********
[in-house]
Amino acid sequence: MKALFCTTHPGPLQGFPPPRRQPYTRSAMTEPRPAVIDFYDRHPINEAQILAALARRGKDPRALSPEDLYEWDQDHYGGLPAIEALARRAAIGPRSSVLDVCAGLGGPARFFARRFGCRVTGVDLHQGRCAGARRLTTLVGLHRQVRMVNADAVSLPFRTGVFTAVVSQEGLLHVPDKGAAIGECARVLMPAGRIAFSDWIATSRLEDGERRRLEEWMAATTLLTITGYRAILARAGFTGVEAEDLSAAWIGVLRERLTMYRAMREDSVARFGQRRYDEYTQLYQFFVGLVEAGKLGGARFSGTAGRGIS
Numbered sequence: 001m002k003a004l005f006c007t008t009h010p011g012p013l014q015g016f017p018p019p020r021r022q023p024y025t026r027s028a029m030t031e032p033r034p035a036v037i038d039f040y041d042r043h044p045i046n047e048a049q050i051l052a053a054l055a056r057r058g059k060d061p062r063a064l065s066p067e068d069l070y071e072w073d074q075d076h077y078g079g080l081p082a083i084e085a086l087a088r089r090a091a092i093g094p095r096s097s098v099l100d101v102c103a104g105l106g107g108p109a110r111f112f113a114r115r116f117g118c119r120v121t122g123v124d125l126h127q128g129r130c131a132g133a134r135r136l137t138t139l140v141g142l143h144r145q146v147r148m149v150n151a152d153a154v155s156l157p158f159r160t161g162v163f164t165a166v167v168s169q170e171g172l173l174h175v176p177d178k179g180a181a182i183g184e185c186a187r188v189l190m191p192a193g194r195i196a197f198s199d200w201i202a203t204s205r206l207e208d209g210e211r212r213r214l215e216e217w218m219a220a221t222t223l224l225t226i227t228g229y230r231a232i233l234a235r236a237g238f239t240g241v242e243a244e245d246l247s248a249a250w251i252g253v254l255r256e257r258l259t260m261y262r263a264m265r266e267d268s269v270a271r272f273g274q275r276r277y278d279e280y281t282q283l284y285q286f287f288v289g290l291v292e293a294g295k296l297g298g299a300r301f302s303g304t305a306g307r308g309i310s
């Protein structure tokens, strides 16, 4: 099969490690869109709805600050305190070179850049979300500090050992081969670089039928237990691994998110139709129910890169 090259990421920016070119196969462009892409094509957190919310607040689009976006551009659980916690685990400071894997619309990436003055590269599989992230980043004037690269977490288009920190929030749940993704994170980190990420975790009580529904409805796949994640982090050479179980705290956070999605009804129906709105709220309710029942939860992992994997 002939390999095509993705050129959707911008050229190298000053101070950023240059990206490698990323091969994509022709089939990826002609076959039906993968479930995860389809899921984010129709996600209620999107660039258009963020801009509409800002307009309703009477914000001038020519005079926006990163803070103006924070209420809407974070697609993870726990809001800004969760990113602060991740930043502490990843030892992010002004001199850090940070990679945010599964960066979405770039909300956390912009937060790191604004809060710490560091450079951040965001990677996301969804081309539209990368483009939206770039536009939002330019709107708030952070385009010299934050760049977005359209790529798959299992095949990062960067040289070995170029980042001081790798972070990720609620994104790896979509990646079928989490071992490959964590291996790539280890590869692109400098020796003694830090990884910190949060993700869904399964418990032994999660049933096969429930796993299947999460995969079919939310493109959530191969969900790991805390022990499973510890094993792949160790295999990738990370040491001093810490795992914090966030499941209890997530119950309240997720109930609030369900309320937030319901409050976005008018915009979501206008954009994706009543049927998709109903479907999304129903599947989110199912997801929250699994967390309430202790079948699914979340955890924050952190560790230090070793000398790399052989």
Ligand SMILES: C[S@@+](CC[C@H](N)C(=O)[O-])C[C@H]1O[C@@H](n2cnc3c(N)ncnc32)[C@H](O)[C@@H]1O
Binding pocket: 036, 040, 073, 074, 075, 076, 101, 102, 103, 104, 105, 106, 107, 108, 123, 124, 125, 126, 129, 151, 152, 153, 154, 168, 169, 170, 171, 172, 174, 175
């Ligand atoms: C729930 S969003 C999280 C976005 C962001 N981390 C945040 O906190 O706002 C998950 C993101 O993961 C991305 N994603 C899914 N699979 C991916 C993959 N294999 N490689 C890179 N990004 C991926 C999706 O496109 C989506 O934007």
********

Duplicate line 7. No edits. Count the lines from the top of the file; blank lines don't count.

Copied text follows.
């Ligand atoms: C729930 S969003 C999280 C976005 C962001 N981390 C945040 O906190 O706002 C998950 C993101 O993961 C991305 N994603 C899914 N699979 C991916 C993959 N294999 N490689 C890179 N990004 C991926 C999706 O496109 C989506 O934007």